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Kelsier "snapped" and found in himself the powers of a Mistborn. A brilliant thief and natural leader, he turned his talents to the ultimate caper, with the Lord Ruler himself as the mark. Kelsier recruited the underworld's elite, the smartest and most trustworthy allomancers, each of whom shares one of his many powers, and all of whom relish a high-stakes challenge. Only then does he reveal his ultimate dream, not just the greatest heist in history, but the downfall of the divine despot. But even with the best criminal crew ever assembled, Kel's plan looks more like the ultimate long shot, until luck brings a ragged girl named Vin into his life.
Like him, she's a half-Skaa orphan, but she's lived a much harsher life. Vin has learned to expect betrayal from everyone she meets, and gotten it. She will have to learn to trust, if Kel is to help her master powers of which she never dreamed.
Customer ReviewsMost Helpful
By Don Gilbert on 11-12-09
A GREAT TRILOGY!!!
I just finished the third audio book in the "Mistborn" trilogy and wanted to write my review starting with th first to let anyone know who is wondering whether to invest their time in another series to absolutly read this one. This story is epic. Brandon Sanderson writes a classic and was clearly the right pick to finish Jordon's WOT series.
The narration by Michael Kramer is award worthy. He not only gives a distinct and believable voice to each character, he brings them to life.
122 of 137 people found this review helpful
By Mitchell on 03-30-18
2nd to the Storm-light Archives.....
I started the Mistborn series because I read the Stormlight Archives by Sanderson and wanted more epic fantasy. I was a bit skeptical at first because there were so many similarities between styles and even character names between the two-book series.
The Mistborn Trilogy being a predecessor to Stormlight, I thought I might be disappointed… I was wrong.
It's easy to see why Robert Jordan picked Brandon Sanderson to finish his Wheel of Time series. Although I noticed some distinct similarities in characters between Mistborn and Elantris (another great listen by Sanderson), he has so much imagination in how to make a world unique.
This story is not just another dwarves/elves/orcs story line and magic doesn't just "exist". There's a thought process behind where it comes from and how to use it and the dangers and consequences of doing so. I'm already about halfway through the next book in the series, The Well of Ascension, and it's fun to see how Sanderson left threads for the series to follow yet at the end of Mistborn, there didn't feel like there was anything unfinished.
One remarkable thing about this series is how well the history, politics and overall backdrop of this story is explained. Never once was I bored about learning new things about this fascinating, desolate world.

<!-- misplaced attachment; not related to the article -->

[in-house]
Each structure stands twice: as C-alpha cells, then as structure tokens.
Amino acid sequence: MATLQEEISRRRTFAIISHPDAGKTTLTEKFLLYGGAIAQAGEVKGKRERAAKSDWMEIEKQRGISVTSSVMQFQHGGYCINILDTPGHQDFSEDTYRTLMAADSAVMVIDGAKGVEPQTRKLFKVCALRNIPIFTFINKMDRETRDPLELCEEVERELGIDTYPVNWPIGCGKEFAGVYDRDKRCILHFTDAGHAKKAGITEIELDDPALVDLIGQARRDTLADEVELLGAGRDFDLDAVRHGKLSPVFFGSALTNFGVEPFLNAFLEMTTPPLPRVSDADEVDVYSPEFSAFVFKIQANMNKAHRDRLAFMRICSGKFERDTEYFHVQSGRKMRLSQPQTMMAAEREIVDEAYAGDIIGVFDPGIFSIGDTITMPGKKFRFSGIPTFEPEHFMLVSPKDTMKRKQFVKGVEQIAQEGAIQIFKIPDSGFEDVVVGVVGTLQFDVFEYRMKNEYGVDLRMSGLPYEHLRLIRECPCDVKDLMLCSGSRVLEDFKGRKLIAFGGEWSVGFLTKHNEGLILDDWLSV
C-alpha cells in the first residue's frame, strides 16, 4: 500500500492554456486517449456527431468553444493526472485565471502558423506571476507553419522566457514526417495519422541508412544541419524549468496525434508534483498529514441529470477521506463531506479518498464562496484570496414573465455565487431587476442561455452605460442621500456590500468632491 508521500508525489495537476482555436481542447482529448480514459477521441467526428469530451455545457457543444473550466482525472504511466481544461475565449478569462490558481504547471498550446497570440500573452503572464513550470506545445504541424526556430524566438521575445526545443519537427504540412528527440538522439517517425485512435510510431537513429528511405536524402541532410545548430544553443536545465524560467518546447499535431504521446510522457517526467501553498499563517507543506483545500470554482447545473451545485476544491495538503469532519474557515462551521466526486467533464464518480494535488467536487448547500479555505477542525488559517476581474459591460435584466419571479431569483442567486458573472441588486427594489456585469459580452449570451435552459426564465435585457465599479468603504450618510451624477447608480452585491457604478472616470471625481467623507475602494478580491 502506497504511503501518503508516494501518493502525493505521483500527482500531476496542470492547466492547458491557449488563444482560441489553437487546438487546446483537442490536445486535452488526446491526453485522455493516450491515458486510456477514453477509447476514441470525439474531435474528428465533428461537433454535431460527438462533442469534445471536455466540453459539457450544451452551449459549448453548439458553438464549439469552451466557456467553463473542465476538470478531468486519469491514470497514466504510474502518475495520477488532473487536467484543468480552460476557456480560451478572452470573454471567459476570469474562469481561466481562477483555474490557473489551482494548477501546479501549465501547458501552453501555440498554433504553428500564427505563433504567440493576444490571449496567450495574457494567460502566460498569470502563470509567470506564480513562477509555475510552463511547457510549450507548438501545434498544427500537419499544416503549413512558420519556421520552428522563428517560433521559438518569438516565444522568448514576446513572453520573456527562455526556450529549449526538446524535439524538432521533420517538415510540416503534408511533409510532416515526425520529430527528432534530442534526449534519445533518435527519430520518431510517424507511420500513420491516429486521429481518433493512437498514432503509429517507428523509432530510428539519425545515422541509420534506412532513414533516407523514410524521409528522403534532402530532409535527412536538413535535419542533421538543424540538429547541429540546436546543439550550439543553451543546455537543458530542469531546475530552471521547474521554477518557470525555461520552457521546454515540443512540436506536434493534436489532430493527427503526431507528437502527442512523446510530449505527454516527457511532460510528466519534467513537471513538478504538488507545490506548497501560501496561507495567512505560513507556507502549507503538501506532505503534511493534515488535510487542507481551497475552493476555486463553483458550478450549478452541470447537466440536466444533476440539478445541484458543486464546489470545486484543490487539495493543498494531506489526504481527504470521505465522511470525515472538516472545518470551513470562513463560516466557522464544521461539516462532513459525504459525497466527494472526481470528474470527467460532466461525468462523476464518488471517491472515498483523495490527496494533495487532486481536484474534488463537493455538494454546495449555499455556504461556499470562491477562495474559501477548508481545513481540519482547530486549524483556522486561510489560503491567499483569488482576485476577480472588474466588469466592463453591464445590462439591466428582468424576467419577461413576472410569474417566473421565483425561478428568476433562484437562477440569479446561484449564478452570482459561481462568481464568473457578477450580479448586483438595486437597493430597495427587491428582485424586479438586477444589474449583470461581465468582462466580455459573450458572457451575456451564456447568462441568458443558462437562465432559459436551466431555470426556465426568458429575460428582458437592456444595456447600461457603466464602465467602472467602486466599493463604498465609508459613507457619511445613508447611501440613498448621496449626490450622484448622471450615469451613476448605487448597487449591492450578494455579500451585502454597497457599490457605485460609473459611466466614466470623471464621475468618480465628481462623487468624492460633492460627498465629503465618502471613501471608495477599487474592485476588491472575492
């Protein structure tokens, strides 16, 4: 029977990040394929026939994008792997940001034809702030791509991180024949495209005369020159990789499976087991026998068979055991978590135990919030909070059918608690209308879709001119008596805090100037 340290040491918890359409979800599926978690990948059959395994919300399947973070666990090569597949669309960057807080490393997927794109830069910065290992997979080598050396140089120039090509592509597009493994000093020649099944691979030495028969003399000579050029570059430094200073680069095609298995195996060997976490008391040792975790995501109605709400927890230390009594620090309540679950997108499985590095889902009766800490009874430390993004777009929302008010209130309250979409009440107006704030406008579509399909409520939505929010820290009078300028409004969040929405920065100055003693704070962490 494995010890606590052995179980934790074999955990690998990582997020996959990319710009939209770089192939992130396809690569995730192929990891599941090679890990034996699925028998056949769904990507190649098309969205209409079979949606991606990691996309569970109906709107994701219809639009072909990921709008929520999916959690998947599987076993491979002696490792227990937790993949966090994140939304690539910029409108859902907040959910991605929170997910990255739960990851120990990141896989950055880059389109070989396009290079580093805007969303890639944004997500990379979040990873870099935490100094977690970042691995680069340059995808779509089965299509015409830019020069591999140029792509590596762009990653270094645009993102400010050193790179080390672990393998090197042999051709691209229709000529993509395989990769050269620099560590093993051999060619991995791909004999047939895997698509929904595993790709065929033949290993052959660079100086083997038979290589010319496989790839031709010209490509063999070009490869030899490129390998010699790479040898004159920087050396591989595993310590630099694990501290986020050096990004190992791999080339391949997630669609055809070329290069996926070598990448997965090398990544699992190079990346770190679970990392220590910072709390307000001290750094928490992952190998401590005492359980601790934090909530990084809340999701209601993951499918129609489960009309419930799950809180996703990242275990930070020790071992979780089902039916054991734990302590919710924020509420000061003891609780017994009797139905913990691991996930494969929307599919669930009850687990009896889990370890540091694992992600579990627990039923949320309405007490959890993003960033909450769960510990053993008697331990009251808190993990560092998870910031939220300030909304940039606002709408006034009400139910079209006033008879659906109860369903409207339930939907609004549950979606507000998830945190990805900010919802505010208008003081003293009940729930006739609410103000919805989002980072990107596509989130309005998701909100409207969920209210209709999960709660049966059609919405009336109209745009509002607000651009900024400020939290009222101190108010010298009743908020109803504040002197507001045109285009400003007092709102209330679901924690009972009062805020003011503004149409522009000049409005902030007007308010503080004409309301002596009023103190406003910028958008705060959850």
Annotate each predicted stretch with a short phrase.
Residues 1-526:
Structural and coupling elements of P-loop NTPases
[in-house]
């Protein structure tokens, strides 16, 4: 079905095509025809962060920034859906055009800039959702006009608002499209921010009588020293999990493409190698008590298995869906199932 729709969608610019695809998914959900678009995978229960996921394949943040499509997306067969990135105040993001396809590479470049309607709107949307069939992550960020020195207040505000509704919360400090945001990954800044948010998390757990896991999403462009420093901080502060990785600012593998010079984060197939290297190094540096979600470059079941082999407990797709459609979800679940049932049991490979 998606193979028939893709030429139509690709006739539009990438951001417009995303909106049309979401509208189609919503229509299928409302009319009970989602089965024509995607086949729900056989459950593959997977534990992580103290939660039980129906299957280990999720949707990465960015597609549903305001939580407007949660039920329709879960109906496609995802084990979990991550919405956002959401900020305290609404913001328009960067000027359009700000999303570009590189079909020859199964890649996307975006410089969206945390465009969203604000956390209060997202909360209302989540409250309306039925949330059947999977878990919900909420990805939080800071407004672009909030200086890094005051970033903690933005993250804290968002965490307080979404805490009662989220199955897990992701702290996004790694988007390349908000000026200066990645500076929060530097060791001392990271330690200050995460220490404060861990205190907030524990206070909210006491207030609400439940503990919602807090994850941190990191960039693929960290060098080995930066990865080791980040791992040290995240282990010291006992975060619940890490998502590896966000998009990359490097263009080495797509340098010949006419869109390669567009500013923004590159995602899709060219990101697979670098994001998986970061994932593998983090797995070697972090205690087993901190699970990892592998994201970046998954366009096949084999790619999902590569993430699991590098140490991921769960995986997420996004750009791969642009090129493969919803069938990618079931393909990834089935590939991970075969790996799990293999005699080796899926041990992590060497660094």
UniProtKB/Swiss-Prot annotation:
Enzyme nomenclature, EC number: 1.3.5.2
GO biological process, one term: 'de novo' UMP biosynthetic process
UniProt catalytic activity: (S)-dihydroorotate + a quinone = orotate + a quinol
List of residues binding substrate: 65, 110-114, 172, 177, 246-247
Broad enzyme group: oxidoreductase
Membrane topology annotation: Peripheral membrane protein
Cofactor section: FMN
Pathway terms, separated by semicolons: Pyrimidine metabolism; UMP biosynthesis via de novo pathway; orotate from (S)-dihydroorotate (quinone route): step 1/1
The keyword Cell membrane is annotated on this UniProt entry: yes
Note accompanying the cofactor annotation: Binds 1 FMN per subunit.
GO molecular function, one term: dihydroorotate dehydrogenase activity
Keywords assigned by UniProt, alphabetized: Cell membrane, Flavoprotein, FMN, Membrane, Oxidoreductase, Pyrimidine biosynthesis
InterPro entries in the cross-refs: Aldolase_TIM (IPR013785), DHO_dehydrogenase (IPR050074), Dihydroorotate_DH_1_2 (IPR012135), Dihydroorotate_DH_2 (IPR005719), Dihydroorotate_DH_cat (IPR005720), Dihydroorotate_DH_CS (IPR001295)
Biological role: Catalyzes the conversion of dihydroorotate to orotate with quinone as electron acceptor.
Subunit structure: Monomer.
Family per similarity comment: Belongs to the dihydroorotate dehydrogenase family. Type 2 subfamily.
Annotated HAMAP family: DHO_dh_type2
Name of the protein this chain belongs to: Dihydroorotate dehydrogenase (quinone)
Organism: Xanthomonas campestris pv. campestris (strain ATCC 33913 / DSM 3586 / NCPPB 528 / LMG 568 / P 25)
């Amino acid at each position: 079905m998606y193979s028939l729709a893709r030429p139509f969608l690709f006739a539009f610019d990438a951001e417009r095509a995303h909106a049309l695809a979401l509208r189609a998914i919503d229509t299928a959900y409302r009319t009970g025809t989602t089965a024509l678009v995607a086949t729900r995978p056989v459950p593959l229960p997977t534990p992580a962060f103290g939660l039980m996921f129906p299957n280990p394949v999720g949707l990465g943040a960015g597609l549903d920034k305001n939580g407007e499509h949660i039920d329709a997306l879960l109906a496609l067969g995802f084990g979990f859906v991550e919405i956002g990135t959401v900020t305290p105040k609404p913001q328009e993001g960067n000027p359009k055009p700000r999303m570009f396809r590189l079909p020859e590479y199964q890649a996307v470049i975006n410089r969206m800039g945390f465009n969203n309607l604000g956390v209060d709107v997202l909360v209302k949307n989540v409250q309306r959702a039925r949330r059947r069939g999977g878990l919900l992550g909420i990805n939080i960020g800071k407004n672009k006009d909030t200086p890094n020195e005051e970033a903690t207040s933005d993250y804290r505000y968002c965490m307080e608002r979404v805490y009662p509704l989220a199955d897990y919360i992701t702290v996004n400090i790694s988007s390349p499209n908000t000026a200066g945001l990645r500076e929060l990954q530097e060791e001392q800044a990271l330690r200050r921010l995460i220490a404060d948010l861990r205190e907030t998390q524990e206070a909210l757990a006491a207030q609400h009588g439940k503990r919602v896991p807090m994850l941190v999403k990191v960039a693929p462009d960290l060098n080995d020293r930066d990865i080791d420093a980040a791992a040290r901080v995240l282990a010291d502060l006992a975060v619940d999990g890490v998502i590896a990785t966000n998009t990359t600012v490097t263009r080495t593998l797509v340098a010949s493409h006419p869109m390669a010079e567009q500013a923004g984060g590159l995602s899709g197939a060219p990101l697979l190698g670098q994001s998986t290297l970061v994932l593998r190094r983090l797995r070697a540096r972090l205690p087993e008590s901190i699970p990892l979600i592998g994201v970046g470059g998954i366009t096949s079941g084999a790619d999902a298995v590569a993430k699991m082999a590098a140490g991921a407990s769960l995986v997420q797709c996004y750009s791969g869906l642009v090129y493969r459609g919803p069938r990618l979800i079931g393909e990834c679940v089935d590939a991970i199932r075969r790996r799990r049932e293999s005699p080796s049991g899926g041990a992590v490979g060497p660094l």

Also unique is that the protagonist of the book is a woman, and Sanderson does a great job of portraying her realistically. Even though she gains enormous power over the course of the narrative, the author does not forget her origins, and her origins continue to define how she reacts to her circumstances throughout the book. In fact, all of the characters, even the minor ones, display realistic motivations for their actions, and come across as very real.
As for Kramer-
Michael Kramer, once again, did an amazing job with the narration. I'm amazed at how he manages to create a voice, tone, and referent emotion for each character. He really brings the characters to life and adds an immeasurable depth the story. He is an incredible performer and his narration here is “still” flawless.
For those familiar with A Game of Thrones (George R.R. Martin) and Wheel of Time (Robert Jordan), Sanderson's style fits comfortably between these two tomes. His story is not as "gritty" and "real" as Martin's series and his story is not as fantastic as Jordan's series. The idea behind the magic system is well-thought out an the characters are easy to like.
My “only” gripe is that I found the writing to be a bit heavy handed at times. For instance, I felt there was a lot of repetition that reminds the reader over & over again about the same character points - ex. I found myself often thinking things like "okay okay x has had a hard life, she doesn't trust easily, alright I get it I get it." It's consequently very easy to read & follow; I think I'd just prefer a style that's a bit more subtle. I think this issue also led me to dislike one of the main characters (Vin) more than I otherwise would have - I found myself more often feeling impatient rather than sympathizing with her when hearing narration about her doubts, fears, etc.
24 of 27 people found this review helpful